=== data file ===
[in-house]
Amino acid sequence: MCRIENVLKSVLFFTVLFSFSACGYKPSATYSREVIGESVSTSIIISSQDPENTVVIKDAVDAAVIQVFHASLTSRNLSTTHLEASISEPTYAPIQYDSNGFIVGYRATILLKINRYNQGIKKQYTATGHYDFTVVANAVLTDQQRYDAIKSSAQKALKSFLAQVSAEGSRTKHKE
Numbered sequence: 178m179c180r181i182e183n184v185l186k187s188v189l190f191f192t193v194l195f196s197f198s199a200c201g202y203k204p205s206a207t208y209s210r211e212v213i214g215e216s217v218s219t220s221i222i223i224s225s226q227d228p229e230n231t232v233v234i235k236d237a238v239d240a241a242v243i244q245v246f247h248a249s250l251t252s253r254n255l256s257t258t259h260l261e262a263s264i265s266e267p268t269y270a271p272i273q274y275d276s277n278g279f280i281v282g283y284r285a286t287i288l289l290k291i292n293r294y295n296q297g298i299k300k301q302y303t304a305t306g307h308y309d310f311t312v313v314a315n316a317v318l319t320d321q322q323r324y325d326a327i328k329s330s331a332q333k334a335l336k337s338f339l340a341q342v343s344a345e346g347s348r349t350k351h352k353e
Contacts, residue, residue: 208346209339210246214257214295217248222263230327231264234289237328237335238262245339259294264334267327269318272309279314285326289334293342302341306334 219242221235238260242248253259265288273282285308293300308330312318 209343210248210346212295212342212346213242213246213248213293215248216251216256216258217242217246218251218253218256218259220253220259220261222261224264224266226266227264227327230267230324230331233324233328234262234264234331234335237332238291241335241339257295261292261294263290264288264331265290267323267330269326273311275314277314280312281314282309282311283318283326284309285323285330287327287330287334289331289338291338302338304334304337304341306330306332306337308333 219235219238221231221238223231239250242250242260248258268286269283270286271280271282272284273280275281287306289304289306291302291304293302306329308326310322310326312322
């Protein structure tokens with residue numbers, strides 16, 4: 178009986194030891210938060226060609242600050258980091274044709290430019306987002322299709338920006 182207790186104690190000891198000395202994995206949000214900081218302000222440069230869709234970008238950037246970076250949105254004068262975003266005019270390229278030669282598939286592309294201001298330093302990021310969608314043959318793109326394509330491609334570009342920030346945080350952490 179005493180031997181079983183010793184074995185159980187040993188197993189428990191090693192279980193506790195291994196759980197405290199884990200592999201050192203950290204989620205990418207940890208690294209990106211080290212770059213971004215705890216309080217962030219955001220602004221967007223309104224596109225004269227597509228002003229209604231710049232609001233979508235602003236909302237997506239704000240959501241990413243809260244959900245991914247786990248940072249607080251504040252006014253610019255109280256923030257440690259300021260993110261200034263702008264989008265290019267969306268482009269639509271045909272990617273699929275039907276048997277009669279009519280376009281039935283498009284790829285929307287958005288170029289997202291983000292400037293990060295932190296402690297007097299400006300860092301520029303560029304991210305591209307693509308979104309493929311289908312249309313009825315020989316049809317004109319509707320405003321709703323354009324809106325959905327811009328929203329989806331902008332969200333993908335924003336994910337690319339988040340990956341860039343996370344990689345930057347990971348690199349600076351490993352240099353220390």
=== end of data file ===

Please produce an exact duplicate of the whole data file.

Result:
[in-house]
Amino acid sequence: MCRIENVLKSVLFFTVLFSFSACGYKPSATYSREVIGESVSTSIIISSQDPENTVVIKDAVDAAVIQVFHASLTSRNLSTTHLEASISEPTYAPIQYDSNGFIVGYRATILLKINRYNQGIKKQYTATGHYDFTVVANAVLTDQQRYDAIKSSAQKALKSFLAQVSAEGSRTKHKE
Numbered sequence: 178m179c180r181i182e183n184v185l186k187s188v189l190f191f192t193v194l195f196s197f198s199a200c201g202y203k204p205s206a207t208y209s210r211e212v213i214g215e216s217v218s219t220s221i222i223i224s225s226q227d228p229e230n231t232v233v234i235k236d237a238v239d240a241a242v243i244q245v246f247h248a249s250l251t252s253r254n255l256s257t258t259h260l261e262a263s264i265s266e267p268t269y270a271p272i273q274y275d276s277n278g279f280i281v282g283y284r285a286t287i288l289l290k291i292n293r294y295n296q297g298i299k300k301q302y303t304a305t306g307h308y309d310f311t312v313v314a315n316a317v318l319t320d321q322q323r324y325d326a327i328k329s330s331a332q333k334a335l336k337s338f339l340a341q342v343s344a345e346g347s348r349t350k351h352k353e
Contacts, residue, residue: 208346209339210246214257214295217248222263230327231264234289237328237335238262245339259294264334267327269318272309279314285326289334293342302341306334 219242221235238260242248253259265288273282285308293300308330312318 209343210248210346212295212342212346213242213246213248213293215248216251216256216258217242217246218251218253218256218259220253220259220261222261224264224266226266227264227327230267230324230331233324233328234262234264234331234335237332238291241335241339257295261292261294263290264288264331265290267323267330269326273311275314277314280312281314282309282311283318283326284309285323285330287327287330287334289331289338291338302338304334304337304341306330306332306337308333 219235219238221231221238223231239250242250242260248258268286269283270286271280271282272284273280275281287306289304289306291302291304293302306329308326310322310326312322
């Protein structure tokens with residue numbers, strides 16, 4: 178009986194030891210938060226060609242600050258980091274044709290430019306987002322299709338920006 182207790186104690190000891198000395202994995206949000214900081218302000222440069230869709234970008238950037246970076250949105254004068262975003266005019270390229278030669282598939286592309294201001298330093302990021310969608314043959318793109326394509330491609334570009342920030346945080350952490 179005493180031997181079983183010793184074995185159980187040993188197993189428990191090693192279980193506790195291994196759980197405290199884990200592999201050192203950290204989620205990418207940890208690294209990106211080290212770059213971004215705890216309080217962030219955001220602004221967007223309104224596109225004269227597509228002003229209604231710049232609001233979508235602003236909302237997506239704000240959501241990413243809260244959900245991914247786990248940072249607080251504040252006014253610019255109280256923030257440690259300021260993110261200034263702008264989008265290019267969306268482009269639509271045909272990617273699929275039907276048997277009669279009519280376009281039935283498009284790829285929307287958005288170029289997202291983000292400037293990060295932190296402690297007097299400006300860092301520029303560029304991210305591209307693509308979104309493929311289908312249309313009825315020989316049809317004109319509707320405003321709703323354009324809106325959905327811009328929203329989806331902008332969200333993908335924003336994910337690319339988040340990956341860039343996370344990689345930057347990971348690199349600076351490993352240099353220390």